Friday, January 8, 2016

Christianity and slavery

During the 1700s, slavery and the slave trade began to be questioned.
A new kind of Christian ethics and morals emerged.
Nothing i written in stone.

 When the British parliament voted to abolish slavery in the colonies in 1833, the Bench of Bishops voted against — as they did on almost all reform bills. To get the bill through, Parliament voted to compensate slave owners (There was no compensation for the slaves themselves). The Abolition of Slavery Act of 1833 provided for £20 million to be paid to West Indian plantation slave owners in compensation for the loss of their 'property'. The Anglican Church received £8,823 for the loss of slave labour on its Codrington plantation in the West Indies.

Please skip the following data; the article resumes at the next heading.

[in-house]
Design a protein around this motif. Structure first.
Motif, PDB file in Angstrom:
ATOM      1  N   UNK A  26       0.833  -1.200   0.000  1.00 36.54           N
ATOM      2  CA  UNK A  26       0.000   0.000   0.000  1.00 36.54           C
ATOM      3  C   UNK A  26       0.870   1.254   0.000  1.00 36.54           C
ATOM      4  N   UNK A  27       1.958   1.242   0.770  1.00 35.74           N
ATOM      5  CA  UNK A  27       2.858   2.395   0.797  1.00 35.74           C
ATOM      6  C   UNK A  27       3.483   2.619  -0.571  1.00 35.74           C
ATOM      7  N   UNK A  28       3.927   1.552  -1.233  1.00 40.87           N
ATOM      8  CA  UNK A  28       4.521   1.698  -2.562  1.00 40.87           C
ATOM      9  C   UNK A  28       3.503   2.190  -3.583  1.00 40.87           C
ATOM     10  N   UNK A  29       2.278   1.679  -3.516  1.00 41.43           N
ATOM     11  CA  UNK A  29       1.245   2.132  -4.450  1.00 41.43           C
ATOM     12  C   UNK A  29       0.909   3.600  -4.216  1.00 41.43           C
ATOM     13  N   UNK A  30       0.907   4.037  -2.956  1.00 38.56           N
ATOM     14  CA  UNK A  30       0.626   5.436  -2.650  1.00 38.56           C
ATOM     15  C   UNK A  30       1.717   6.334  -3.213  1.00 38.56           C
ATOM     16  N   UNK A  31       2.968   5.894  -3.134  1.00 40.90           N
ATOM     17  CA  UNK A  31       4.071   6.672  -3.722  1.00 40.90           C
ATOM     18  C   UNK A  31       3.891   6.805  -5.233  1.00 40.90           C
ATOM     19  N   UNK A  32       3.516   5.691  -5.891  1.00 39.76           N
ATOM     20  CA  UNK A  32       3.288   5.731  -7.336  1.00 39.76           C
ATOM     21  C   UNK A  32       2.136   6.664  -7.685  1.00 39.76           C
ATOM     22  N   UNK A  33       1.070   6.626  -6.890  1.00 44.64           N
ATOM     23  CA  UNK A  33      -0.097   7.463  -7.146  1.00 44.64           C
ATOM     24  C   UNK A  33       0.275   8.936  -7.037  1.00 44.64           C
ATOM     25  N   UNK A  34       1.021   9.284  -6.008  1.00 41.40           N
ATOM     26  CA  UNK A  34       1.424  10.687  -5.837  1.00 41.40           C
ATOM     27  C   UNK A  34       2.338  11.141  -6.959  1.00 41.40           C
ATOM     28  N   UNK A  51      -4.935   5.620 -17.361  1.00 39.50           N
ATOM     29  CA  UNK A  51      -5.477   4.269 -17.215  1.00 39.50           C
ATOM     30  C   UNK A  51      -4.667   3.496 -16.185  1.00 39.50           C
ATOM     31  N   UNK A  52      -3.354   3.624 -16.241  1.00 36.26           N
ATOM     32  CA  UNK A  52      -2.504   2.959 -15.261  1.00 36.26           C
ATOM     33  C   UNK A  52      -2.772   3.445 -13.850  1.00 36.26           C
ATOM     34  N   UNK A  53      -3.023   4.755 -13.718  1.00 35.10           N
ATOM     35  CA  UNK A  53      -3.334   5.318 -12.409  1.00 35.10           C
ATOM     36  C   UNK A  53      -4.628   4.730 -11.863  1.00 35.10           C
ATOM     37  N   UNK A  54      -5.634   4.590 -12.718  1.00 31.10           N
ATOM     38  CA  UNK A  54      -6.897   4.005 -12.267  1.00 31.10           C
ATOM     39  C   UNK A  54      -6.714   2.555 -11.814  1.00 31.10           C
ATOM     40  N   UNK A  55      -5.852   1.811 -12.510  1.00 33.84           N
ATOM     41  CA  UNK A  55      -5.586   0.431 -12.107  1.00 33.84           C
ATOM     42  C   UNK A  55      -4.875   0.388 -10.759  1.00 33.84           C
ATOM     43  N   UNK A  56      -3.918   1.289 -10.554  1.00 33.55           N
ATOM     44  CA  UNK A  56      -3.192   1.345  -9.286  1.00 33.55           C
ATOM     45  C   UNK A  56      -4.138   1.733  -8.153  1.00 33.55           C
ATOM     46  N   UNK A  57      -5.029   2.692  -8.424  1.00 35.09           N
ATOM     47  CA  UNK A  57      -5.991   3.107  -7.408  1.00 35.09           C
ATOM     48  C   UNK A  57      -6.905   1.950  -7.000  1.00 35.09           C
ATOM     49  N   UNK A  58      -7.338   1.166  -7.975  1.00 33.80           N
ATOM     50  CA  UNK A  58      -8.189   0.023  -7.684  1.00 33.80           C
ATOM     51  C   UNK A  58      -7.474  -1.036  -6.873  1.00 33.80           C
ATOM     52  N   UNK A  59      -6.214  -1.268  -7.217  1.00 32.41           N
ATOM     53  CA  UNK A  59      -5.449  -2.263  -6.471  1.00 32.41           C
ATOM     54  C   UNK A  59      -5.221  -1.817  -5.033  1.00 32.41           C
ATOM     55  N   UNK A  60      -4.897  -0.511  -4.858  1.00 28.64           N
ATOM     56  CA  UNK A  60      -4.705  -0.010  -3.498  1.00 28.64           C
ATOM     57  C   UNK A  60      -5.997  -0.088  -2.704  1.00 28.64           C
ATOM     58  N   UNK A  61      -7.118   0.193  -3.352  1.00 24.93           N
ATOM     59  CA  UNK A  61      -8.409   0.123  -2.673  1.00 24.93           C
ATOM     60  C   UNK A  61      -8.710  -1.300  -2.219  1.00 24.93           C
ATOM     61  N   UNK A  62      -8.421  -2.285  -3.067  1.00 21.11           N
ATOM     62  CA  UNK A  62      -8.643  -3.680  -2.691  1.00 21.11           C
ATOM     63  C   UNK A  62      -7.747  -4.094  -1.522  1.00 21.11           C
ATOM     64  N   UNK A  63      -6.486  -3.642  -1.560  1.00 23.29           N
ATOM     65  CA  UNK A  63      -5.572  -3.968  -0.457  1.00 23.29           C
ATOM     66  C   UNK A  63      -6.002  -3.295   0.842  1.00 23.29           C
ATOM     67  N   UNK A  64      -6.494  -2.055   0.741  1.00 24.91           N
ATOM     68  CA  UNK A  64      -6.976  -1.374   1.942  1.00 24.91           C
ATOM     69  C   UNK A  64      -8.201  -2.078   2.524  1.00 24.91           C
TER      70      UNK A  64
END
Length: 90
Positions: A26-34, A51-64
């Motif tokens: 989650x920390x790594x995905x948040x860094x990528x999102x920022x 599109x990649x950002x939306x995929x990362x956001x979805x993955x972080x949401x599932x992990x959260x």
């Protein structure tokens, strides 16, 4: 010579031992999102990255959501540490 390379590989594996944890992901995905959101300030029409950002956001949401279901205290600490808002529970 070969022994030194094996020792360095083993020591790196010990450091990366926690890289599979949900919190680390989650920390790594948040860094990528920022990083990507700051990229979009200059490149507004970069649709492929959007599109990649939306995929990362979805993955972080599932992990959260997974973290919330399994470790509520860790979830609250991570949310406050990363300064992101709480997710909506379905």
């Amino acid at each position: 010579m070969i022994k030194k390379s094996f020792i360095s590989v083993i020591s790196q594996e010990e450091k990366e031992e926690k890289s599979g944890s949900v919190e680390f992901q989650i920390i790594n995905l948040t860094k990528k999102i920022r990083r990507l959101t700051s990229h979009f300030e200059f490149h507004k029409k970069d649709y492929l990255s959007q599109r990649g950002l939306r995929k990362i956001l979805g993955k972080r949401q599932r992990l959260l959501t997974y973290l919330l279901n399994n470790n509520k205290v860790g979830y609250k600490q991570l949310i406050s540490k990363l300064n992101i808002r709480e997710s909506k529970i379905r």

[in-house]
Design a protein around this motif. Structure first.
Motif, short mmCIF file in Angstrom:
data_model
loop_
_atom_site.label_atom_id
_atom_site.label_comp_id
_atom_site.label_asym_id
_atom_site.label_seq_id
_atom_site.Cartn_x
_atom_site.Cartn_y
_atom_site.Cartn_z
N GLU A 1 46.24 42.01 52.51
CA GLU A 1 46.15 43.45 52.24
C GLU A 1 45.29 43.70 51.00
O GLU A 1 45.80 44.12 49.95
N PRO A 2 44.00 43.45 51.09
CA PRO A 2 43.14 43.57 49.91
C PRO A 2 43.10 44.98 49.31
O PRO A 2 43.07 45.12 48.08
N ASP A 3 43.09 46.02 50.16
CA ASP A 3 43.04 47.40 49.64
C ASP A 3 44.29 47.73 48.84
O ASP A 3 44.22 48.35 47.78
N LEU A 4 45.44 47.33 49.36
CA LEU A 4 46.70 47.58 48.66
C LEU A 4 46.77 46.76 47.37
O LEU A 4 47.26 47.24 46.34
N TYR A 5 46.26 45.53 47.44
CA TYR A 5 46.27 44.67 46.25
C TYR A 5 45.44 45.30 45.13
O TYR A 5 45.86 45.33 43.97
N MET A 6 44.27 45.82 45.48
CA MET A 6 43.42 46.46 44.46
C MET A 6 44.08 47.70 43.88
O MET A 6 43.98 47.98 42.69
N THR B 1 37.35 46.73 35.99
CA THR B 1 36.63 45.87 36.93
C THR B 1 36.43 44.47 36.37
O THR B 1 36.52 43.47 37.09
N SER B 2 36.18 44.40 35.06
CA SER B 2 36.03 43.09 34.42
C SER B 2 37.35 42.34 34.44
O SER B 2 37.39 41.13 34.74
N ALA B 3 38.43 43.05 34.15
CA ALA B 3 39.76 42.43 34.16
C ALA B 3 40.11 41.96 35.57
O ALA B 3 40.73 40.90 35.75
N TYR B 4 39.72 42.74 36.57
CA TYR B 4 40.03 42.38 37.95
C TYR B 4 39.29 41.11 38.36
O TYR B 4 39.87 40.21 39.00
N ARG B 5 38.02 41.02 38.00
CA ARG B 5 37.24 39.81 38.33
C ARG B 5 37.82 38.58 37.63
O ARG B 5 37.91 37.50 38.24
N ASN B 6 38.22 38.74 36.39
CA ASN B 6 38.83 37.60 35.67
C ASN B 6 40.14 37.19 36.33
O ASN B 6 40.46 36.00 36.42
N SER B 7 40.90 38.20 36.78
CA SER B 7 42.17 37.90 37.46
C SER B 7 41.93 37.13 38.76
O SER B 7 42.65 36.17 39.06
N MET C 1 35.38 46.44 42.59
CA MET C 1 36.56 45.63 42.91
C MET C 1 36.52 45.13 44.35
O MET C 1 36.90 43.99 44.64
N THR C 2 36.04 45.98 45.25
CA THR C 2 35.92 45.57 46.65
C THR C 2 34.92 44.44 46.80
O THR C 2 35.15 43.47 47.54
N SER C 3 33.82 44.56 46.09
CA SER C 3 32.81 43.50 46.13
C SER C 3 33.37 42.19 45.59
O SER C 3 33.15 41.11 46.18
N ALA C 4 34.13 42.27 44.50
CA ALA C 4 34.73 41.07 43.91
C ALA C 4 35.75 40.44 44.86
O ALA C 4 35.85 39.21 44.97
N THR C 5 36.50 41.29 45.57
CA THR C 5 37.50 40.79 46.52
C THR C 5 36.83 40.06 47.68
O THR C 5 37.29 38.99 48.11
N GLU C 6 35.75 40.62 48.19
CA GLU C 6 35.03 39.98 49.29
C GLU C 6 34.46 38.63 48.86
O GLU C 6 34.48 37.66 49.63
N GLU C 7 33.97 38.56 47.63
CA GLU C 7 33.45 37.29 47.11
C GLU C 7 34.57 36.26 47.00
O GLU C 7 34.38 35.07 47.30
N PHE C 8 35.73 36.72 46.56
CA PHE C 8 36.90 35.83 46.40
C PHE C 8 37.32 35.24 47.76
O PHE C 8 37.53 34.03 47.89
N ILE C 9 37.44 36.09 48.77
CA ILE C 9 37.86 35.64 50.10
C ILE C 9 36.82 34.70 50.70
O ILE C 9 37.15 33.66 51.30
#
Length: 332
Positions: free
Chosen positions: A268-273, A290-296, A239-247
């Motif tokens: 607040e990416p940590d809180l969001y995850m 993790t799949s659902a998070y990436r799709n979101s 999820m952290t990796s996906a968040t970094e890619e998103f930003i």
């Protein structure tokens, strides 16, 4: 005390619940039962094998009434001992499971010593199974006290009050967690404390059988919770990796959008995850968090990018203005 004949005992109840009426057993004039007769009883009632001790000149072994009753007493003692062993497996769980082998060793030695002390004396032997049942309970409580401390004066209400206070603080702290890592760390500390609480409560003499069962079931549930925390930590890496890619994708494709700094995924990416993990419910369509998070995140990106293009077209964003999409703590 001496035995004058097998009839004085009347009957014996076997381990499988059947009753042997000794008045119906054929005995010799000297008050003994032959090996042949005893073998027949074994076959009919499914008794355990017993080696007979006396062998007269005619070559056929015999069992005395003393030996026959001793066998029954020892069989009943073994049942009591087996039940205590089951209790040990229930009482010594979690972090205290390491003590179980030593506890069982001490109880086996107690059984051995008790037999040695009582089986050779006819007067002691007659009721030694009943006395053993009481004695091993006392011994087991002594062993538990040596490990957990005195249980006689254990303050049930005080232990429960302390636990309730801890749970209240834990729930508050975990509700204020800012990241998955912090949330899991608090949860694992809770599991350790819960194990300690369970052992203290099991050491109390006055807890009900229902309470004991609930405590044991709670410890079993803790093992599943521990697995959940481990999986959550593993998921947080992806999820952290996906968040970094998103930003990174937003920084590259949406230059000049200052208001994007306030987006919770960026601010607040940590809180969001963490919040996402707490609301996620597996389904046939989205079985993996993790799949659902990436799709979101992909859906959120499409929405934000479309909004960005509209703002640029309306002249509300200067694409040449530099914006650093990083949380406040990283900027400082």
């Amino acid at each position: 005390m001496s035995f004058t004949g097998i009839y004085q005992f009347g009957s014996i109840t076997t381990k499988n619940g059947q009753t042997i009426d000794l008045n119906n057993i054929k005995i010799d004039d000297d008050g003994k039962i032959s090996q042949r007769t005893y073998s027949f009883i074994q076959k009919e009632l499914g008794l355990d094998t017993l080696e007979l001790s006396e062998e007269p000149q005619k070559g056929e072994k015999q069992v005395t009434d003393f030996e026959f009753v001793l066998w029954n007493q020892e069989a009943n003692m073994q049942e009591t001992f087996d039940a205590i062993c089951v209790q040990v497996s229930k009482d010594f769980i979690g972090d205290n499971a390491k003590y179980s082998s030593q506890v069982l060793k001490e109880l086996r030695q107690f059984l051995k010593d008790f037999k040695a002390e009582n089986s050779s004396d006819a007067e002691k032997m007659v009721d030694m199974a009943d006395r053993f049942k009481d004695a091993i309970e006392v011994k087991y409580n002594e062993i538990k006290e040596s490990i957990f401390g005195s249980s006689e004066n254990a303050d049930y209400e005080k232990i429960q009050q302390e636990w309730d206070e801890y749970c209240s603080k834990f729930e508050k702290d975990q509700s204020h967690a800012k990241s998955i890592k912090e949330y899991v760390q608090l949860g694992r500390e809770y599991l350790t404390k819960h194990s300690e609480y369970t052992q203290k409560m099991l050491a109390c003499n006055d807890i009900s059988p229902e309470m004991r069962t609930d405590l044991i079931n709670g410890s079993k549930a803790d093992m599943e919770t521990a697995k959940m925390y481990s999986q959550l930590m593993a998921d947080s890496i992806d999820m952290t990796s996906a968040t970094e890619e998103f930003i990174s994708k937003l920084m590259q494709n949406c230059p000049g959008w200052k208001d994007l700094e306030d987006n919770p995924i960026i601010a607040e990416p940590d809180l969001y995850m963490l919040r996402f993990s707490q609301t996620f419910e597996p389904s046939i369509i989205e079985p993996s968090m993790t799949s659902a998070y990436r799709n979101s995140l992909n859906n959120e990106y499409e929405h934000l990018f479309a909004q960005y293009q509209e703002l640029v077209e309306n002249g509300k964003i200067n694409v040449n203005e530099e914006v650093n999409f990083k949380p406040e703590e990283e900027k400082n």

Individual Anglican Churchmen had to be compensated separately. Henry Phillpotts, Bishop of Exeter, and three business associates received nearly £13,000.